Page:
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<nettime-ann> CFP: Convergence Special Issue: New Media, Global Activism
Carolyn Guertin on Fri, 5 Apr 2013 16:48:09 +0200 (CEST)

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<nettime-ann> CFP: Convergence Special Issue: New Media, Global Activism and Politics (August 30, 2013)



The International Journal of Research into New Media Technologies 

Call for Papers

Special issue on:  New Media, Global Activism and Politics

Vol. 20, no. 3 (August 2014)

Guest editors:  Carolyn Guertin (University of North Texas at Dallas) and Angi Buettner (Victoria University of Wellington)


Deadline for refereed research articles:  30 August 2013 

Indignados. Arab Spring. #Occupy. The 99%. Idle No More. #Upsettler. GlobalNoise. Strike Debt. These are just some of the new terms to emerge from the global mass protests of the last two years. They are part of a sea change as political engagement, citizen journalism and tactical media evolve as tools of protest and communication. These terms mark only one small part of a much larger shift in media production and distribution that is the rise of user-generated content or social media. Within digital culture, the creative act has become a form of activism carried out through the repurposing of pre-existing materials and media for political change—and it is a practice that has swayed policy, overturned governments and politicized subcultures and peoples on a global scale. 

In the 19th century, the crowd emerged as a new social force. It was a force, it was argued, that shook the foundations of society and led individuals to commit irrational acts. In the 21st century, we have seen the power of crowds re-emerge as an ostensibly smarter and more nimble cultural force empowered by mobile technologies, crowdsourcing methodologies and networked systems.  How has activism changed as a result of new technologies? How are new media enlisted to assist in the planning and enactment of socio-political change? How are governments and political candidates using social media? How has social media altered policies, elections and the democratic process?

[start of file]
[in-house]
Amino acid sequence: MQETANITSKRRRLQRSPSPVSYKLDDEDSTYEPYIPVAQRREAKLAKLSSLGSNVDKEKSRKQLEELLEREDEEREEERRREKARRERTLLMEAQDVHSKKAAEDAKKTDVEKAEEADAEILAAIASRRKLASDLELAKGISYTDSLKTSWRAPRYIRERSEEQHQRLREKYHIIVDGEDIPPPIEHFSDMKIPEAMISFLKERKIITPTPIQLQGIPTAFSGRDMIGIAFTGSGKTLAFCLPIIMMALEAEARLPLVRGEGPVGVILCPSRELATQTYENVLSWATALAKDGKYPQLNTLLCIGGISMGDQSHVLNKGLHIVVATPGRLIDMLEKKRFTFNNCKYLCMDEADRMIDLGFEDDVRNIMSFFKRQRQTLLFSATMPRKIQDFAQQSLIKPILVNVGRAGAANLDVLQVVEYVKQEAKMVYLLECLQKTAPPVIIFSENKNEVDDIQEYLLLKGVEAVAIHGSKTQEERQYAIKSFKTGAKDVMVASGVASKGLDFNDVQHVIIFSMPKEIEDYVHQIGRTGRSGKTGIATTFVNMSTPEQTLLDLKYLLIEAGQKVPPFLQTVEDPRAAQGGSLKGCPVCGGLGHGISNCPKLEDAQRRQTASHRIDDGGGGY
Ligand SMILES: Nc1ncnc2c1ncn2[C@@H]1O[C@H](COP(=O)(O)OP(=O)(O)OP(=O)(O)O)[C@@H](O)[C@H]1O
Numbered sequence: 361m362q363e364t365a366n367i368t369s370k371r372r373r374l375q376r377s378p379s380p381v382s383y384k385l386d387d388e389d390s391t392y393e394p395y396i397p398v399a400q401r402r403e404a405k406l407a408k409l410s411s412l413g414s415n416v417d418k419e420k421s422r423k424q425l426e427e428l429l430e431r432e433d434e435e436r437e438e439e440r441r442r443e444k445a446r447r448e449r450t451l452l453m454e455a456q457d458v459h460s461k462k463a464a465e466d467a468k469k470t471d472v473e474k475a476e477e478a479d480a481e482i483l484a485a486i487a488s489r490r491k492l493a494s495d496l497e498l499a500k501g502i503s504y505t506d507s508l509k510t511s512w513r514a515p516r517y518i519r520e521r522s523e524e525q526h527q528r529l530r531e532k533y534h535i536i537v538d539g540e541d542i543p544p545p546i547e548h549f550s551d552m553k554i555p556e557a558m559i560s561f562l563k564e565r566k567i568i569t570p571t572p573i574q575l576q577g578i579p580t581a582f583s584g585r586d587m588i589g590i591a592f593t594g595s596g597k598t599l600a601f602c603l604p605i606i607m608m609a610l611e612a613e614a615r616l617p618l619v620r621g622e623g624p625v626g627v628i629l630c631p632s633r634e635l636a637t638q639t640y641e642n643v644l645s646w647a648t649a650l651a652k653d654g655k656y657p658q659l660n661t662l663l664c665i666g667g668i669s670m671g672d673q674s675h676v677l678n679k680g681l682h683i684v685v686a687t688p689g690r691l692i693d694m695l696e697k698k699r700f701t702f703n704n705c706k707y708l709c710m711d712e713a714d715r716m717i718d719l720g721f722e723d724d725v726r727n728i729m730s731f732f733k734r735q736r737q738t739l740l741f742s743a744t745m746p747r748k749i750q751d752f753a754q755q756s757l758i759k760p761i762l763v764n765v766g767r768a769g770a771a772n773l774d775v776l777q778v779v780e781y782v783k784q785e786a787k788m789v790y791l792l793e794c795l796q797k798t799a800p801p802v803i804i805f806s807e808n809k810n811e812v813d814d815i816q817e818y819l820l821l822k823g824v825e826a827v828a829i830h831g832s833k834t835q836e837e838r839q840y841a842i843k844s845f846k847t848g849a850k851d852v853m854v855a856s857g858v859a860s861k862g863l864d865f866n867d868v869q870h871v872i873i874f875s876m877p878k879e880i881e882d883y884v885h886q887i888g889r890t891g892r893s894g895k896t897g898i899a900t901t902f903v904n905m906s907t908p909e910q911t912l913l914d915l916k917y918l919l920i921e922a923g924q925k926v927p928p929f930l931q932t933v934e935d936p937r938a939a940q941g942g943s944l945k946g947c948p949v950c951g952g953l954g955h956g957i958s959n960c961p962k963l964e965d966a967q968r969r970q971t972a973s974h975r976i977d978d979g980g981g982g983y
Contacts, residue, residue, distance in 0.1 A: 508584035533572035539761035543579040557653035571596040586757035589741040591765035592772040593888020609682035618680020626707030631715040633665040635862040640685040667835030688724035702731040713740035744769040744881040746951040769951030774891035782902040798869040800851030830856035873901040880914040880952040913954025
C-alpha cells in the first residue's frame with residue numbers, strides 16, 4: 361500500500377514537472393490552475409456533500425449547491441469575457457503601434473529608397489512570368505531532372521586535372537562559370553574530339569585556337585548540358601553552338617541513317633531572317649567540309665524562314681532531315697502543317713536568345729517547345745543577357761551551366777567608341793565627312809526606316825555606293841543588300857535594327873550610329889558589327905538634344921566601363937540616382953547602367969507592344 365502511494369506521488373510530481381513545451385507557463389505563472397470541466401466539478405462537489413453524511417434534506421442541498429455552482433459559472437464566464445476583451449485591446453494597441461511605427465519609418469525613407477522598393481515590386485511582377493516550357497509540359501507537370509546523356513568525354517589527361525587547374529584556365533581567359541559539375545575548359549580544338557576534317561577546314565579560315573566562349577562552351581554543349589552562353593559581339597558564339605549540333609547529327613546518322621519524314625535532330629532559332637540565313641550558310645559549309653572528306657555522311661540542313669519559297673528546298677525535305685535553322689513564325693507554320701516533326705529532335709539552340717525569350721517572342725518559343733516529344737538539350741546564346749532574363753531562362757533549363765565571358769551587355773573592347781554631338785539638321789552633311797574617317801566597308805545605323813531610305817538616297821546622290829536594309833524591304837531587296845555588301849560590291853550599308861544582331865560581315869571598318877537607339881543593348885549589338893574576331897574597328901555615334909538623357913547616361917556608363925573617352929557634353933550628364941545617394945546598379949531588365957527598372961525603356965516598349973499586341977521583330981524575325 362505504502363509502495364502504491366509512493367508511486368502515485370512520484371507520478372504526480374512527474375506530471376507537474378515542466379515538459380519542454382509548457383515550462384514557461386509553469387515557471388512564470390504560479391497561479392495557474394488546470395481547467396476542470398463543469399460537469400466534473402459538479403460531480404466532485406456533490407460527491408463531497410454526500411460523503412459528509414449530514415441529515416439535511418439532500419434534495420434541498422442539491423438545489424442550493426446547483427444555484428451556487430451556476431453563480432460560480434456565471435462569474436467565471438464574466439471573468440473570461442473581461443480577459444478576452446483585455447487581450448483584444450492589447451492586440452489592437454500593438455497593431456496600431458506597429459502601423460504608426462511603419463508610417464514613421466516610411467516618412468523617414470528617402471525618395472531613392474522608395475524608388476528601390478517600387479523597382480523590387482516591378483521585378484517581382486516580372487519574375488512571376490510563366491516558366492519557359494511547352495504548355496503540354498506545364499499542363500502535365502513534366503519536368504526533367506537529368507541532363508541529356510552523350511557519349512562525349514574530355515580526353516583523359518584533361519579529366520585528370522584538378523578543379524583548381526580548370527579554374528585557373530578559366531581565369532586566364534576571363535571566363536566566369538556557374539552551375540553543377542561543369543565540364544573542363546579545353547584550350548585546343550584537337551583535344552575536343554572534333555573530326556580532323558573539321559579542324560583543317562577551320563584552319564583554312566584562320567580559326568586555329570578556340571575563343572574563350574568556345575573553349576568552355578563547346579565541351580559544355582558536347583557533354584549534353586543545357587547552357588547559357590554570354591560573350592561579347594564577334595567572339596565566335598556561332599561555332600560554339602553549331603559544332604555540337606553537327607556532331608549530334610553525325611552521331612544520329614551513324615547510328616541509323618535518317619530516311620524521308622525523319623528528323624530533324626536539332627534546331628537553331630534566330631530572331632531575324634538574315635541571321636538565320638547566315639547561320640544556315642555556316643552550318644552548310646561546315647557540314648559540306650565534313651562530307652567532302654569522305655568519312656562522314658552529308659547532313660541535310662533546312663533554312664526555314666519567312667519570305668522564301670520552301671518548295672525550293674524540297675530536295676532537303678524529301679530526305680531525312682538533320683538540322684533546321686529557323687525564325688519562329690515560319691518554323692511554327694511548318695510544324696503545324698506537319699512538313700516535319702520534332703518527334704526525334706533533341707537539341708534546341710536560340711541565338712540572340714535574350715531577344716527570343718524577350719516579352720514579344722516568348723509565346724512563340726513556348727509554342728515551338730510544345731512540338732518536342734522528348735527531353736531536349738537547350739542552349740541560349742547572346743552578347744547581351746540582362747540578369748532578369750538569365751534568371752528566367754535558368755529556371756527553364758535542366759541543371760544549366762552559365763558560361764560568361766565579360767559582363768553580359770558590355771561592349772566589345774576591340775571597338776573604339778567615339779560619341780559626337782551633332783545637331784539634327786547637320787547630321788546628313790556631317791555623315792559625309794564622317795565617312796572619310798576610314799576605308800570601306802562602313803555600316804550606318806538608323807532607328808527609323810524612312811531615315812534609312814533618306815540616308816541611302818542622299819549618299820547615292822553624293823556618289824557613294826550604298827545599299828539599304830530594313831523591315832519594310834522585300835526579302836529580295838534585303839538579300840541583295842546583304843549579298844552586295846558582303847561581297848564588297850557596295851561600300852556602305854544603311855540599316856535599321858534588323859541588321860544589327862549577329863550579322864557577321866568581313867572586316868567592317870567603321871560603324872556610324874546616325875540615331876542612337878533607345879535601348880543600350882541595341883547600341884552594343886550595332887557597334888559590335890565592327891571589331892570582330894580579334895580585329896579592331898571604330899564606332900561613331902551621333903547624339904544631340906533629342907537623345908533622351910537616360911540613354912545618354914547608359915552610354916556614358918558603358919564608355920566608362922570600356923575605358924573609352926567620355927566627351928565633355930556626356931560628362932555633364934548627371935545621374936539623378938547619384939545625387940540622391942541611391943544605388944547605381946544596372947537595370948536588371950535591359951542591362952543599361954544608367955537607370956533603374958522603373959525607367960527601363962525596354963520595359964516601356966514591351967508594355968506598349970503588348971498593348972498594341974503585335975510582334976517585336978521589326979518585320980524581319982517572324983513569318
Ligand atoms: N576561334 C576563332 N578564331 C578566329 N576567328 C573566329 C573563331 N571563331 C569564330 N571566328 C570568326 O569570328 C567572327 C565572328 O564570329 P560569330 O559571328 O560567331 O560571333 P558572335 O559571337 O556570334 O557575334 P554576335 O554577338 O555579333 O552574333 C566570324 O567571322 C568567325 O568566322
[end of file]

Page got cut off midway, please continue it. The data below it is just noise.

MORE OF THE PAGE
Topics might include:


-       Hacktivism

-       Wikileaks

-       Arab Spring

-       #occupy

-       Indignados

-       Idle No More

-       #upsettlers

-       Global Noise

-       Crowdsourcing

-       Lobbying

-       Flashmobs, smart mobs or network armies

-       Riot simulation or protest modeling

-       Microblogging as a form of protest

-       Protest apps, including geolocative ones

-       Eco-activism

-       Activism in education

-       Gaming and new media activism

-       New media and the environment

-       Politics and new media

-       Activist or protest art

-       Appropriation, subvertising, culture jamming or memes

-       Slacktivism

-       Clicktivism

-       Cyberfeminism

-       DIY culture

-       Global protest networks

-       Participatory culture

-       eDemocracy

-       Government sponsored social media

-       Public media initiatives

-       Elections and social media 

Queries may be directed to the guest editors, Carolyn Guertin at carolyn.guertin {AT} gmail.com or Angi Buettner at Angi.Buettner {AT} vuw.ac.nz

Convergence is published by Sage and all contributors must consult the guide to manuscript submission at: 

http://www.uk.sagepub.com/journalsProdDesc.nav?prodId=Journal201774#tabview=manuscriptSubmission for details of house style.


Carolyn Guertin, PhD
Languages and Communications, University of North Texas
author of Digital Prohibition: Piracy and Authorship in New Media Art (Continuum, 2012)

Website: http://carolynguertin.com/
Email: carolyn.guertin {AT} gmail.com
Skype: carolyn_guertin
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